This doesn't mean that Gnome Do is bad, in fact, I've never used it. But it does show how people argue emotionally without checking the facts.

  8. #118
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    Quote Originally Posted by pingufunkybeat View Post
    My point is that KRunner is not a "poor imitation of Gnome Do". In fact, it's older.

    This doesn't mean that Gnome Do is bad, in fact, I've never used it. But it does show how people argue emotionally without checking the facts.
    KRunner's extended features may well be a (poor/good/better) imitation of Gnome Do. KRunner of a few years ago was just an application launcher. Gnome Do itself is an imitation of Apple's Spotlight.

    But I'd argue that the who-was-first is a non-issue.

    Wikipedia says that GNOME-Do was inspired by Quicksilver for Mac OS X. Judging from the screenshot, that seems accurate. But I find it similar to Spotlight too.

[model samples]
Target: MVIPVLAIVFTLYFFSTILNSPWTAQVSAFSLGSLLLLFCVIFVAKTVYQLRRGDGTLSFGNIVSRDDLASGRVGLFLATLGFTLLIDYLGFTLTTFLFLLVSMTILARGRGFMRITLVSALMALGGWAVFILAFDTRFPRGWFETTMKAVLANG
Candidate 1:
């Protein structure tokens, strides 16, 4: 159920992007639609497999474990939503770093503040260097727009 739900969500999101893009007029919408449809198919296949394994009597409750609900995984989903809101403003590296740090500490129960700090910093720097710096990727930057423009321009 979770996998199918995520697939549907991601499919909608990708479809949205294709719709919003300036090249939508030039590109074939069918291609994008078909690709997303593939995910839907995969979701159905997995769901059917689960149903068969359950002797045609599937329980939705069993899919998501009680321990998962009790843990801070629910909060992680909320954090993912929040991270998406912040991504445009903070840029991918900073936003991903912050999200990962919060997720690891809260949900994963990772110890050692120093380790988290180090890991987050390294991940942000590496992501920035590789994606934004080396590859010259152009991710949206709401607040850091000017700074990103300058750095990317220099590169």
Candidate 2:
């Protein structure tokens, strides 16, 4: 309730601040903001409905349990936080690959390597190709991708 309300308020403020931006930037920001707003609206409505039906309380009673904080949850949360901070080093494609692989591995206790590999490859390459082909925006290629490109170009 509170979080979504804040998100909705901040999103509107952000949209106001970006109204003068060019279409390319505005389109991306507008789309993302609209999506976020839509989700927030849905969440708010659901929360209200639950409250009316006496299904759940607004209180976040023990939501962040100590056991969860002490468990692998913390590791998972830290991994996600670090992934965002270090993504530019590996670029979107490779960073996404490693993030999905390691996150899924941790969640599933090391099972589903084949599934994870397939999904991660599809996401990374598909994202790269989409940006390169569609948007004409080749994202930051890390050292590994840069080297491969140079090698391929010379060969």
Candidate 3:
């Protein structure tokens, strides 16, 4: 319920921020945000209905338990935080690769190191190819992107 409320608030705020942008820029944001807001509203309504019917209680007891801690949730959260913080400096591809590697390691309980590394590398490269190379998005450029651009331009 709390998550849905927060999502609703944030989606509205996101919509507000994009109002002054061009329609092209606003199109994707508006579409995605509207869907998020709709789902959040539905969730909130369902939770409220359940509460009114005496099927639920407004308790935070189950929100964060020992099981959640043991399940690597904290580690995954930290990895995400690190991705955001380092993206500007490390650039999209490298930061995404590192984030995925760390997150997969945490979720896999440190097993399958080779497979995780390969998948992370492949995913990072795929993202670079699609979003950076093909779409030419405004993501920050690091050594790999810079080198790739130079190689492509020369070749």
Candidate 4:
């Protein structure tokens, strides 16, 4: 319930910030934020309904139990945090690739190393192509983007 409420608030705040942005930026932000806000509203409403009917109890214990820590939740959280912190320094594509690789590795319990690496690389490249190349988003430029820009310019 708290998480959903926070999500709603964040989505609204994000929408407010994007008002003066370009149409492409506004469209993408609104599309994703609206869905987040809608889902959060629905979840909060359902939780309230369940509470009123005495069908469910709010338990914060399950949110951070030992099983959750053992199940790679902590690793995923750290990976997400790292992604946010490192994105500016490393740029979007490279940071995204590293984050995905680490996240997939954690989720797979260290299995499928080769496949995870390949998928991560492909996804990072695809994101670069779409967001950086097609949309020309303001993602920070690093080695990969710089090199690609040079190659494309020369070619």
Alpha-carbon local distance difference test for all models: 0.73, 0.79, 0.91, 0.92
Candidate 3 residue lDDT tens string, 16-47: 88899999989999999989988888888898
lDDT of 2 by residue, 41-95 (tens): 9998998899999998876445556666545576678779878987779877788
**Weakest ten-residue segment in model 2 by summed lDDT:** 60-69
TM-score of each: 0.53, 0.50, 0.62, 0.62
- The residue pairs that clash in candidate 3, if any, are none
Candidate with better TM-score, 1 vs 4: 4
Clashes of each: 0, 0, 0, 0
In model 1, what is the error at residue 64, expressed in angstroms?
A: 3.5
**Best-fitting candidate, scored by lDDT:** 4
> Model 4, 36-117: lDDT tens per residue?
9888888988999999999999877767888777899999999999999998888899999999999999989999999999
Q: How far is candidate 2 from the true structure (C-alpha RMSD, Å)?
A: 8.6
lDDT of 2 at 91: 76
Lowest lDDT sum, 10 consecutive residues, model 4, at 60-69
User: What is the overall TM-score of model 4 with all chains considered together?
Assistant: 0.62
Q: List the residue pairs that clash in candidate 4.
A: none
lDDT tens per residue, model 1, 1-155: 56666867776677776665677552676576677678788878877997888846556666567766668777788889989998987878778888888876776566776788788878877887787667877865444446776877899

Last edited by Remco; 08-18-2009 at 02:19 PM.

  9. #119
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    I don't really see the point in the "G was there first" or "K has done it before". Open Source is about getting inspiration from others and that's very good that both desktop inspired each other, they both became better that way.

    I don't have used Gnome for years now so comparing would be a bit ridiculous. I've always prefered KDE because it was highly configurable and could be set up the way I want. And this has become even more the case with KDE4.